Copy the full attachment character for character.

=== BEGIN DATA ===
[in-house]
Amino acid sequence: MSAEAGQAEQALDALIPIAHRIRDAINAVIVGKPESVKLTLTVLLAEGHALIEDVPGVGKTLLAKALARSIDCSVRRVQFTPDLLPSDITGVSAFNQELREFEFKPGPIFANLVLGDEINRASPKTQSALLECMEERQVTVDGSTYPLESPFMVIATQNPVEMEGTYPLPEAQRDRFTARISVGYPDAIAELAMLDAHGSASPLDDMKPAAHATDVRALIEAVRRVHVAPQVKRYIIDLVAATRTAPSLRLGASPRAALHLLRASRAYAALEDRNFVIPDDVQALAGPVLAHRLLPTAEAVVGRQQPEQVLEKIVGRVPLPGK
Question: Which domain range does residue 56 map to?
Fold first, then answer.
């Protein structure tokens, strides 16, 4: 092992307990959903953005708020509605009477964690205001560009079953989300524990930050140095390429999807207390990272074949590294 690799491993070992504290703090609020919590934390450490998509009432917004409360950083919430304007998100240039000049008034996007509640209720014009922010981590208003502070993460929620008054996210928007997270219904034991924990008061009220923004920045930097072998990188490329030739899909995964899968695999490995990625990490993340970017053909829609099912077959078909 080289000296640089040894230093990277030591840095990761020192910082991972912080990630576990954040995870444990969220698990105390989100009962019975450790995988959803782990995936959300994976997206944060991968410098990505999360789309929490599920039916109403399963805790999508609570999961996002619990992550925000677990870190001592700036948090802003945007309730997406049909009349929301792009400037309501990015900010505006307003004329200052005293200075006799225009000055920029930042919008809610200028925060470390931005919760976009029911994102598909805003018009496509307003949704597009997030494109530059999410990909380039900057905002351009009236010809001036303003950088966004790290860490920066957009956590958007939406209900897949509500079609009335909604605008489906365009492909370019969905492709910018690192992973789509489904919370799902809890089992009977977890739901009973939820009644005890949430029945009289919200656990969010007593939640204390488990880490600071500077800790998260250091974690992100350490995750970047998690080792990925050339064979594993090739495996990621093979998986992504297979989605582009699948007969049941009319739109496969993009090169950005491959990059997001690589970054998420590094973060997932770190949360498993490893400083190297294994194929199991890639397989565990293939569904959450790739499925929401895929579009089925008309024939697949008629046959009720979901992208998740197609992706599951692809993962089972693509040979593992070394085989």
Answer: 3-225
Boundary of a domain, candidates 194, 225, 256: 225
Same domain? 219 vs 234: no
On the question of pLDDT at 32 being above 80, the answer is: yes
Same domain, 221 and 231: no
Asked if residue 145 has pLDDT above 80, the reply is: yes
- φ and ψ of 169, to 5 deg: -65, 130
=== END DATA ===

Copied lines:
[in-house]
Amino acid sequence: MSAEAGQAEQALDALIPIAHRIRDAINAVIVGKPESVKLTLTVLLAEGHALIEDVPGVGKTLLAKALARSIDCSVRRVQFTPDLLPSDITGVSAFNQELREFEFKPGPIFANLVLGDEINRASPKTQSALLECMEERQVTVDGSTYPLESPFMVIATQNPVEMEGTYPLPEAQRDRFTARISVGYPDAIAELAMLDAHGSASPLDDMKPAAHATDVRALIEAVRRVHVAPQVKRYIIDLVAATRTAPSLRLGASPRAALHLLRASRAYAALEDRNFVIPDDVQALAGPVLAHRLLPTAEAVVGRQQPEQVLEKIVGRVPLPGK
Question: Which domain range does residue 56 map to?
Fold first, then answer.
């Protein structure tokens, strides 16, 4: 092992307990959903953005708020509605009477964690205001560009079953989300524990930050140095390429999807207390990272074949590294 690799491993070992504290703090609020919590934390450490998509009432917004409360950083919430304007998100240039000049008034996007509640209720014009922010981590208003502070993460929620008054996210928007997270219904034991924990008061009220923004920045930097072998990188490329030739899909995964899968695999490995990625990490993340970017053909829609099912077959078909 080289000296640089040894230093990277030591840095990761020192910082991972912080990630576990954040995870444990969220698990105390989100009962019975450790995988959803782990995936959300994976997206944060991968410098990505999360789309929490599920039916109403399963805790999508609570999961996002619990992550925000677990870190001592700036948090802003945007309730997406049909009349929301792009400037309501990015900010505006307003004329200052005293200075006799225009000055920029930042919008809610200028925060470390931005919760976009029911994102598909805003018009496509307003949704597009997030494109530059999410990909380039900057905002351009009236010809001036303003950088966004790290860490920066957009956590958007939406209900897949509500079609009335909604605008489906365009492909370019969905492709910018690192992973789509489904919370799902809890089992009977977890739901009973939820009644005890949430029945009289919200656990969010007593939640204390488990880490600071500077800790998260250091974690992100350490995750970047998690080792990925050339064979594993090739495996990621093979998986992504297979989605582009699948007969049941009319739109496969993009090169950005491959990059997001690589970054998420590094973060997932770190949360498993490893400083190297294994194929199991890639397989565990293939569904959450790739499925929401895929579009089925008309024939697949008629046959009720979901992208998740197609992706599951692809993962089972693509040979593992070394085989």
Answer: 3-225
Boundary of a domain, candidates 194, 225, 256: 225
Same domain? 219 vs 234: no
On the question of pLDDT at 32 being above 80, the answer is: yes
Same domain, 221 and 231: no
Asked if residue 145 has pLDDT above 80, the reply is: yes
- φ and ψ of 169, to 5 deg: -65, 130